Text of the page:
Rosario Reyes says las pandillas, or gangs, always lingered in her neighborhood in El Salvador, but she became even more afraid after her brother-in-law was assassinated in a shooting on his way home from work. Gang members shot him 12 times during a robbery.
She feared for her life, her husband Ramon, and their two young children, Ricardo and Jose. Although her brother-in-law was not a gang member, the family began to receive threats.
The Reyes then decided to move to a place where they could find safety.
Ramon left El Salvador in 2002 and a year later, Rosario Reyes began the difficult journey to meet him in Maryland. This path included days of traveling until she crossed the U.S.-Mexico border.
“My husband and I, we were afraid. We wanted to get away from the criminality,” she said.
Rosario Reyes and her family are among the 4 million undocumented immigrants who could be allowed to live and work legally in the United States without the constant fear of deportation.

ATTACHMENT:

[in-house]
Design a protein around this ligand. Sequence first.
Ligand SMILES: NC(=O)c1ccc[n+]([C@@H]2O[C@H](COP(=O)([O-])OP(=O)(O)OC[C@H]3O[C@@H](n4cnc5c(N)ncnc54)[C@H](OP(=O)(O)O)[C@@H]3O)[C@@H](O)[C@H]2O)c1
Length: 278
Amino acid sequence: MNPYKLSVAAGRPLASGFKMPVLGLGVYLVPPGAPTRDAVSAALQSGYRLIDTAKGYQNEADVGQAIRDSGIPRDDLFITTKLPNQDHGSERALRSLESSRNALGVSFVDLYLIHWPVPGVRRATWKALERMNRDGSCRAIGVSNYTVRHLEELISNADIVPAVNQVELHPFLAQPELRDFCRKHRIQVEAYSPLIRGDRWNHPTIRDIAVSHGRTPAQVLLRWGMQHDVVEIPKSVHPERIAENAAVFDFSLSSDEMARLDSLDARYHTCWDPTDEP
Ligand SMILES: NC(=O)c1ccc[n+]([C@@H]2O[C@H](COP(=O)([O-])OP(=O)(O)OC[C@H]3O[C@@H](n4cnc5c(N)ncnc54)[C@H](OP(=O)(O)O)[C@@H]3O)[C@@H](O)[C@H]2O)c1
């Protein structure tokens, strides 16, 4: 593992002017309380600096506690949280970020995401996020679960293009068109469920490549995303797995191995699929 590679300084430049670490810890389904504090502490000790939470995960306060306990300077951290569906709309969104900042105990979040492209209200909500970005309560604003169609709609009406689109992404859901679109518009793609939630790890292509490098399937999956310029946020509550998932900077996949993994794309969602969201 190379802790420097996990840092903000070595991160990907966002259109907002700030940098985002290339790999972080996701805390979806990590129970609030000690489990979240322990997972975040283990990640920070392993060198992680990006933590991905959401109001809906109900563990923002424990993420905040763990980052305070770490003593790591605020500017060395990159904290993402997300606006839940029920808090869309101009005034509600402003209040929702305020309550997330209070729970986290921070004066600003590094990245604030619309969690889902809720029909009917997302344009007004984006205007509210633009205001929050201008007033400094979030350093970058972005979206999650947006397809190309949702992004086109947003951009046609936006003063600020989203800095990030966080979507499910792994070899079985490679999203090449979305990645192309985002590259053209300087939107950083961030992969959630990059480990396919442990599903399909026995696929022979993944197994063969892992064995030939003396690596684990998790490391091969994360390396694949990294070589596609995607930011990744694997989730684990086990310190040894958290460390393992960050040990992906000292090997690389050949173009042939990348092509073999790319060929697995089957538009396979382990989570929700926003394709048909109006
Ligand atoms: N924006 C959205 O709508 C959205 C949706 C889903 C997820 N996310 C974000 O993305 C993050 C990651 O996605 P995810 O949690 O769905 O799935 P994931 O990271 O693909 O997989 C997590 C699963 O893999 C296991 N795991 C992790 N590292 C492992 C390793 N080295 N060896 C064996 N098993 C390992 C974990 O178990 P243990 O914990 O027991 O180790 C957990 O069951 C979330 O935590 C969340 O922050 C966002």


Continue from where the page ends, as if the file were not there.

A decision could come this week if the U.S. Supreme Court rules in favor of President Barack Obama’s immigration actions in the landmark case United States v. Texas.
The case focuses on Obama’s 2014 Deferred Action for Parents of Americans and Lawful Permanent Residents, or DAPA, and the expansion of the 2012 Deferred Action for Childhood Arrivals, known as DACA.
The measures would protect young immigrants from deportation if they were brought to the U.S. illegally as children. They would also extend deportation protections to undocumented parents of U.S. citizens and permanent residents who have been in the country for some years. Both actions would allow them to work legally for a period of two years subject to renewal.
By Aline Barros for Voice of America
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